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Thirty Years of Fetch by Jim Matthews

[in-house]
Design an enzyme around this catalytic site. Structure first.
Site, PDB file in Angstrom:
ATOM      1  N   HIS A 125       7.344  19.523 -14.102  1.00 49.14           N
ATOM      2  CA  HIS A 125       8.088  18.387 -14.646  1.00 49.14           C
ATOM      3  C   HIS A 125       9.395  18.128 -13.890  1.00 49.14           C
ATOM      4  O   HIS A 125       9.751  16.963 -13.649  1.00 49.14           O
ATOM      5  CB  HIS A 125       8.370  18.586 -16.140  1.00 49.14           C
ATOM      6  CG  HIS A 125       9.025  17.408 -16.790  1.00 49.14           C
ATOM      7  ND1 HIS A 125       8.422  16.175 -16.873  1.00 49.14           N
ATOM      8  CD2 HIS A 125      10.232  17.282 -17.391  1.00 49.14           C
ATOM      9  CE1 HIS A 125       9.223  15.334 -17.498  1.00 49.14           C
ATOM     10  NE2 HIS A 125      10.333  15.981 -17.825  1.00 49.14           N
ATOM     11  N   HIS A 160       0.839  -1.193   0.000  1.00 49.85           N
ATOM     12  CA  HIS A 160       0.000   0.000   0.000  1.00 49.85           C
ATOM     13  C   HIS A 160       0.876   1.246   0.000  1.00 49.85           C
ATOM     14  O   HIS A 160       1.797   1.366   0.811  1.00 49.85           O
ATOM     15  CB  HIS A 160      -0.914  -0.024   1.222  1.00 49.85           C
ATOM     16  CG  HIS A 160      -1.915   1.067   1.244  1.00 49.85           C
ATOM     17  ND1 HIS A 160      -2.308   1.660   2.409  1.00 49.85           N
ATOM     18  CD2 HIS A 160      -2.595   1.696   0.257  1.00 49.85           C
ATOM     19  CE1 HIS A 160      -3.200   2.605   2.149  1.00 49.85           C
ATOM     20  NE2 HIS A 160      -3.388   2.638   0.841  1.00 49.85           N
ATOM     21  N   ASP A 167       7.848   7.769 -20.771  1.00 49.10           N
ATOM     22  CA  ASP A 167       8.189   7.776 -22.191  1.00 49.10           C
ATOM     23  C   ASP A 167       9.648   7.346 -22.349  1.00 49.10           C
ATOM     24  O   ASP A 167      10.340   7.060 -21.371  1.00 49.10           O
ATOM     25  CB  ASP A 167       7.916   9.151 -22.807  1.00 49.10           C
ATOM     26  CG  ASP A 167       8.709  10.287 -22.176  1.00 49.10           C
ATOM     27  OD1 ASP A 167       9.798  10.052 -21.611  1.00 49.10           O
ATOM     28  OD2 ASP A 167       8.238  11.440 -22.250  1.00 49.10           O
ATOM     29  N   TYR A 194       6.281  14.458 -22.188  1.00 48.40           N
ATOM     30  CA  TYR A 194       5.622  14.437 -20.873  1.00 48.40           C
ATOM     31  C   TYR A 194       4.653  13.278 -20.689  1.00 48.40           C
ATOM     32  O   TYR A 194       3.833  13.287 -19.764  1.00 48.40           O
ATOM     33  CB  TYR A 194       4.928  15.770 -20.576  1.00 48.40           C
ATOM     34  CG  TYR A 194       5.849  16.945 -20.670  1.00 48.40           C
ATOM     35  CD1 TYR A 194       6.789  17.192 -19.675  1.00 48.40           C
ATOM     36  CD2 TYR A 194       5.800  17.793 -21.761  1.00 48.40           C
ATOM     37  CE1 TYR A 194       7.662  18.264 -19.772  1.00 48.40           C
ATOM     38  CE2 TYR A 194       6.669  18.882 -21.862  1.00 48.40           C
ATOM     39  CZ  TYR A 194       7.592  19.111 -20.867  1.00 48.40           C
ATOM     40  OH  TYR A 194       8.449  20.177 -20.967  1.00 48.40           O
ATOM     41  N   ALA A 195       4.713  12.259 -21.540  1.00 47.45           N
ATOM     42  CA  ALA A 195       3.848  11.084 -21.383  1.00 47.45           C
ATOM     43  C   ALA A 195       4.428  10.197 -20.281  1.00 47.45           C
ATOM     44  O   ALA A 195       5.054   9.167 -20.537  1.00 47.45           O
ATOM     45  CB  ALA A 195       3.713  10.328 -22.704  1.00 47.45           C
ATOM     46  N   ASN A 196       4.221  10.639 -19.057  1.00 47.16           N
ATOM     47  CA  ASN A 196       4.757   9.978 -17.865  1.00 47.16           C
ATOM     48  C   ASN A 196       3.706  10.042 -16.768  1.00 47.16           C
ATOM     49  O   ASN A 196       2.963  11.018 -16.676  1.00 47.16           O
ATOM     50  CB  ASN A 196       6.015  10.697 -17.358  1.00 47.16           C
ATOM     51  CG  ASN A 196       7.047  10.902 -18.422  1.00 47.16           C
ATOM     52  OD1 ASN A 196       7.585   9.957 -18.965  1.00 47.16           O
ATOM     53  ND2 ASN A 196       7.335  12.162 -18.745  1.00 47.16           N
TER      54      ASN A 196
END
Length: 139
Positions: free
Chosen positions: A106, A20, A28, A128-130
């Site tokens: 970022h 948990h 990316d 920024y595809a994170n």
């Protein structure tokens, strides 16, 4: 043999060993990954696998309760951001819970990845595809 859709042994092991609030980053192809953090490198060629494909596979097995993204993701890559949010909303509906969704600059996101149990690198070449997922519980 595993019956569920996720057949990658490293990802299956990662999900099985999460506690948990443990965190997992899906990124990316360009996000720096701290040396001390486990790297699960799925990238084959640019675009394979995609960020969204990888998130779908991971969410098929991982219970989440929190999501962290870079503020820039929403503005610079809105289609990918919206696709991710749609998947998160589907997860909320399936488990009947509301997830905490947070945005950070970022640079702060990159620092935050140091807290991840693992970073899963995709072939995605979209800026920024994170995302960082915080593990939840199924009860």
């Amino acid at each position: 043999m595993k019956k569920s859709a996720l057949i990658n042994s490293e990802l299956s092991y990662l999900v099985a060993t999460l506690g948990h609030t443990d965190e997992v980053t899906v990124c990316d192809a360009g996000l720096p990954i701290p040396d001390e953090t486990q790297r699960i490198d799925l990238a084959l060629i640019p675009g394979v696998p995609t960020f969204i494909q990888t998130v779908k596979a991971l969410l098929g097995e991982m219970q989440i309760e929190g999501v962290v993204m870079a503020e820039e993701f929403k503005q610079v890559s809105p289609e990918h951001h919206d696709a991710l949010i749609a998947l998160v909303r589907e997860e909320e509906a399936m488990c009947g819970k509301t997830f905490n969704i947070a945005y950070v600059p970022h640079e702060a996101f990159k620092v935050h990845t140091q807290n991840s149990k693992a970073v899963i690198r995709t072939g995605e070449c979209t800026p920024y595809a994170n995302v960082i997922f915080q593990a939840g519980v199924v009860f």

Thirty years ago today my colleagues in the Computing Services department at Dartmouth College were preparing for the distribution of about 1,000 Macintosh SEs, SE/30s, and Mac IIxs, and they needed to start duplicating the floppy disks of software that would be bundled with those Macs. So that was the day I finished Fetch 1.0, the Mac file transfer program that I had been working on all summer. Many years later I started marketing Fetch as “the original Mac FTP client,” which is sort of accurate. There were Mac FTP clients before Fetch, starting with ports of the UNIX command line ftp client. The first Mac FTP client I ever saw with a graphical user interface was Amanda Walker’s, included in the InterCon product TCP/Connect. There was also Doug Hornig's HyperCard-based FTP client from Cornell called HyperFTP. But as far as I know there weren’t any other stand-alone FTP clients with a Mac user interface in September, 1989, and there certainly weren’t any that are still maintained today. Fetch’s longevity has been a continual surprise to me. Most application software has the life expectancy of a field mouse. Of the thousands of other Mac apps on the market on September 1, 1989 I can only think of four (Panorama, Word, Excel and Photoshop) that are still sold today. [UPDATE: There are quite a few others.] Fetch 1.0 was released into a world with leaded gasoline and a Berlin Wall; DVD players and Windows 95 were still in the future. The Fetch icon is a dog with a floppy disc in its mouth; at this point it might as well be a stone tablet. I developed Fetch to solve a specific problem at Dartmouth: we had a bunch of different kinds of central computers — UNIX, VMS, VM/CMS, DCTS — and no easy way to move files between them and the thousands of Macs on campus. But 1989 also brought Dartmouth’s first full-time connection to the Internet, and soon Fetch was being used more for downloading files from far-flung Internet archives than it was for moving files across campus. When the early 1990s brought the first graphical web browsers, I figured Fetch’s relevance had passed; web browsers could download files too, and do so much more. But people didn’t just want to browse web pages, they also wanted to create them and upload them to web servers. For some reason web browsers never got very good at uploading files, and as the web exploded in popularity that left a big niche for FTP clients like Fetch to fill. It’s a niche that has shrunk in recent years, as more sophisticated forms of Internet publishing have become available, but to my amazement it still exists today. In 2000, when I used game show winnings to buy the rights to Fetch from Dartmouth, it looked like Fetch’s best days were behind it. But that wasn’t the case, thanks to the efforts and high standards of Ben Artin and Scott McGuire, who joined Fetch Softworks and turned Fetch into a real professional product. Fetch made the jump from Classic MacOS to OS X, and from PowerPC to Intel. It got a professionally designed website and UI artwork. I never really knew how to promote Fetch, but word got around, and today our customer database includes orders from 212 different countries, from Andorra to Zimbabwe. I suppose it isn’t surprising that after a couple decades the excitement of working on file transfer software began to wane. In 2011 we tried to branch out into iPad apps, which was fun and novel and lost money. So I turned back to Fetch, and started work on a total rewrite: Fetch 6. At that point Fetch had over 20 years of testing and debugging, but the source code also had cruft and compromises that had been bugging me for over 20 years. I imagined a new Fetch that had all the improvements that I’d daydreamed about, and none of the old code that made it so hard to implement new features. This, of course, is one of the classic blunders in software development. It was exhilarating to be free of the shackles of our legacy code. But with a blank slate and no clear destination or deadline, we spent years without getting anywhere close to having a product that we could actually sell. Meanwhile Fetch 5 stagnated, and customers who needed more than Fetch 5 could offer moved on. Sales declined year after year, and Fetch Softworks went from having 3 full time employees and a couple part-time contractors to being a nights-and-weekends effort for two of us. That experience wasn’t fun, but there was a silver lining. I resumed doing Fetch tech support, and day after day heard from users who still preferred Fetch to the alternatives. I’d been focused on all the things I wanted to change about Fetch, but they were still using it because they liked it the way it was. In January, 2018 I finally accepted that I wasn’t going to make Fetch 6 happen. Apple had made it clear that 32-bit apps like Fetch 5.7 weren't long for this world, so it looked like the time had come to lay Fetch to rest for good. But I wasn’t quite ready to say goodbye, and it occurred to me that there was a third option, something between finishing Fetch 6 and letting Fetch die: I could port Fetch 5.7’s Carbon user interface to Cocoa and make a 64-bit Fetch 5.8. I wish I’d had that idea 5 or 10 or 15 years earlier, but there you have it. Fetch 5.8 is now in beta testing; you can sign up to test it here. It currently implements about 90% of Fetch 5.7.7’s features with about 50% of Fetch 5.7.7’s reliability. When I can get those numbers up to 95% and 99%, respectively, I’ll release it as a free upgrade. Once 5.8 is out I will try to fix bugs and keep it compatible with new OS releases, but I don’t expect to add new features. I think of it being like one of those bands that you’re surprised to see is still touring decades after their last hit. They can still play that song you loved, but you won’t see them on the charts. I don’t expect that Fetch will still be around for its 40th Birthday in 2029. But I’ve been wrong before.